The Seller May be Watching and Listening
Speak up, I can’t quite hear you
An increasing number of home sellers are
using security cameras and microphones to spy on potential buyers as they tour
their homes. Any information the sellers gather may then help them when it
comes time to negotiate with the buyer on a purchase. This trend has been
fueled in recent years by the availability of low-cost Wi-Fi enabled cameras
and mics that homeowners can set up themselves. They can then view a
prospective buyer, in real time or on a recording, via the internet and by
using a laptop or smartphone.
even exist 5 years ago.
According to Brad Russell, research
director for Parks Associates, about 20 million (13% of the total) homes in the
U.S. have some sort of surveillance equipment, either in the home, at the front
door, or throughout the grounds. He added, “This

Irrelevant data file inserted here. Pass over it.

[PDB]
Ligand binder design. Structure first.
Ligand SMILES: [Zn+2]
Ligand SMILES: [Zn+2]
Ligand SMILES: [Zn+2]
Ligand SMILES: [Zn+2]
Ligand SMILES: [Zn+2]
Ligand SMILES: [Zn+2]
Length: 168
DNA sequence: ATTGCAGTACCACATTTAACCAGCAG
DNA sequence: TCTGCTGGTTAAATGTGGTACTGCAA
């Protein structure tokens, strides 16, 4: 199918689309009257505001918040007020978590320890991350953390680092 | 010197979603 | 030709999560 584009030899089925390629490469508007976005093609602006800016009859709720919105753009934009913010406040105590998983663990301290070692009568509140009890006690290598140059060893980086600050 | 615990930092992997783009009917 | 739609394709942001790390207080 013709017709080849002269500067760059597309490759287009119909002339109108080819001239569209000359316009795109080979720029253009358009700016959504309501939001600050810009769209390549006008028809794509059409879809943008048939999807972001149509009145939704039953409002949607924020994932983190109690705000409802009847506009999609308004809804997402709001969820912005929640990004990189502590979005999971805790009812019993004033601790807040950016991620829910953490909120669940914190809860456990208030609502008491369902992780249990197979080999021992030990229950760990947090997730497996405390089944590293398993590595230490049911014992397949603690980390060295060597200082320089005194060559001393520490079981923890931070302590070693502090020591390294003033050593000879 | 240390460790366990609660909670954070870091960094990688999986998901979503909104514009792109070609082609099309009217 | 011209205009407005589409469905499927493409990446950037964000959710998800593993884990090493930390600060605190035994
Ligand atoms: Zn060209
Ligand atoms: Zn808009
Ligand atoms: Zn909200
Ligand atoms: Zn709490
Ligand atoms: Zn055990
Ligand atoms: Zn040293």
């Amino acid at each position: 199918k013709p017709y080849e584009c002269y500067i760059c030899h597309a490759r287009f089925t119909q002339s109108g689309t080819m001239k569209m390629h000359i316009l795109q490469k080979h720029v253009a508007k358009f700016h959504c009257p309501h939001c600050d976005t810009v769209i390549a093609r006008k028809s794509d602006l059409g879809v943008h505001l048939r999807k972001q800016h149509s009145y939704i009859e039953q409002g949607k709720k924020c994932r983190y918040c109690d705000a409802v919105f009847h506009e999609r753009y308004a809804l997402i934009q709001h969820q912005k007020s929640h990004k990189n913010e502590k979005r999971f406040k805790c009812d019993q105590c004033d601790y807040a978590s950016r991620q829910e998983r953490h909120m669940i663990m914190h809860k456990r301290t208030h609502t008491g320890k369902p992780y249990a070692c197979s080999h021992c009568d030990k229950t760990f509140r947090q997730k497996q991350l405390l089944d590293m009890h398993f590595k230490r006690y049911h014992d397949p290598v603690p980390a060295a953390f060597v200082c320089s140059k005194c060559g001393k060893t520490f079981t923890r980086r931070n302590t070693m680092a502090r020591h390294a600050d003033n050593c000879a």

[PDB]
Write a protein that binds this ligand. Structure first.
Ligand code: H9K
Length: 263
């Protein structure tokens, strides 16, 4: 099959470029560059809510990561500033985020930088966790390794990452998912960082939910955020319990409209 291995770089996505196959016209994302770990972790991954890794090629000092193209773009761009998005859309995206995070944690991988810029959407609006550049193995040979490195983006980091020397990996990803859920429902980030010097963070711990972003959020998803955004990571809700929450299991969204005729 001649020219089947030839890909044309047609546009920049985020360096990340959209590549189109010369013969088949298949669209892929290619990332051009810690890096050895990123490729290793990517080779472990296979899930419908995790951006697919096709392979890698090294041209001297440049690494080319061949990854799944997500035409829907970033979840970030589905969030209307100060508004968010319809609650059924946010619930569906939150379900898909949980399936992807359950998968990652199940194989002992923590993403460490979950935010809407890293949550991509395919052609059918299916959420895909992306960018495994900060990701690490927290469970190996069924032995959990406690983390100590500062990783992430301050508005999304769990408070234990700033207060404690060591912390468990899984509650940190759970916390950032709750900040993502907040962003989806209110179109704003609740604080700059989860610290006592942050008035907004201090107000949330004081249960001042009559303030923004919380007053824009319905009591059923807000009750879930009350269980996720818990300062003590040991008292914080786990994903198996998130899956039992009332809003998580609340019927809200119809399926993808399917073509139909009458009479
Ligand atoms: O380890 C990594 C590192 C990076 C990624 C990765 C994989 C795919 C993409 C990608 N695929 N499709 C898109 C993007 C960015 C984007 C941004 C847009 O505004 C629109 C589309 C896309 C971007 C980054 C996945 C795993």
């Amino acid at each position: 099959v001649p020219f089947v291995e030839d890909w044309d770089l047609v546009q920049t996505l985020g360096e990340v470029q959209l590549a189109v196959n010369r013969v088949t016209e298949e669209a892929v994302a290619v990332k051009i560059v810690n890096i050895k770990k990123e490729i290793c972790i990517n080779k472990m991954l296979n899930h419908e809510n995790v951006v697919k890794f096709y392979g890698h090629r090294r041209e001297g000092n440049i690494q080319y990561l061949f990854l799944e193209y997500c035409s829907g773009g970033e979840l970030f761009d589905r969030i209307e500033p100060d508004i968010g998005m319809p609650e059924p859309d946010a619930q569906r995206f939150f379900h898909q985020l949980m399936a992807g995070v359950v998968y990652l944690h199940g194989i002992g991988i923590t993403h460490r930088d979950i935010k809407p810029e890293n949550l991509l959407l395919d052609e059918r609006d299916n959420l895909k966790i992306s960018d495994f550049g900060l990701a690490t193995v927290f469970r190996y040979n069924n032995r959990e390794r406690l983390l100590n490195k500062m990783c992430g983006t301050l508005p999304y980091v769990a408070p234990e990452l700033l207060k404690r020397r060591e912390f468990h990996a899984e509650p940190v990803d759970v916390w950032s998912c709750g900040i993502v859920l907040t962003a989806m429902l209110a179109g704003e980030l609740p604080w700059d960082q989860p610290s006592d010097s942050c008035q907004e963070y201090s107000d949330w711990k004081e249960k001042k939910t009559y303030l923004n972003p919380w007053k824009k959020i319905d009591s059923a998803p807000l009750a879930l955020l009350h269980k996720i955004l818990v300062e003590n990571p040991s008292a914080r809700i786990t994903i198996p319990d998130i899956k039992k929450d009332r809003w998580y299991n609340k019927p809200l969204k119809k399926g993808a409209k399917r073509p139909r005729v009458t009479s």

market didn’t even exist 5 years ago”. While cameras are often openly
displayed, they can also be concealed in light fixtures, book shelves, etc in a
secret “nanny cam” recording style. This home surveillance trend is expected to
only increase with time.
may be illegal.
Surveillance laws vary by state. In many
states, eavesdropping or audio recording requires the consent of at least one
person being recorded, and some states require the permission of all parties. Video
recording is a bit trickier, though. It is prohibited in places where a person
has a reasonable expectation of privacy – say, a public bathroom or their own
home. But such privacy zones would not likely include other people’s homes.
The takeaway? You’ll still want to view a
home in-person before you buy a home. But assume you are being watched and
heard and conduct yourself accordingly. Wait until you are away from the
property to discuss any substantive details with your partner and your real estate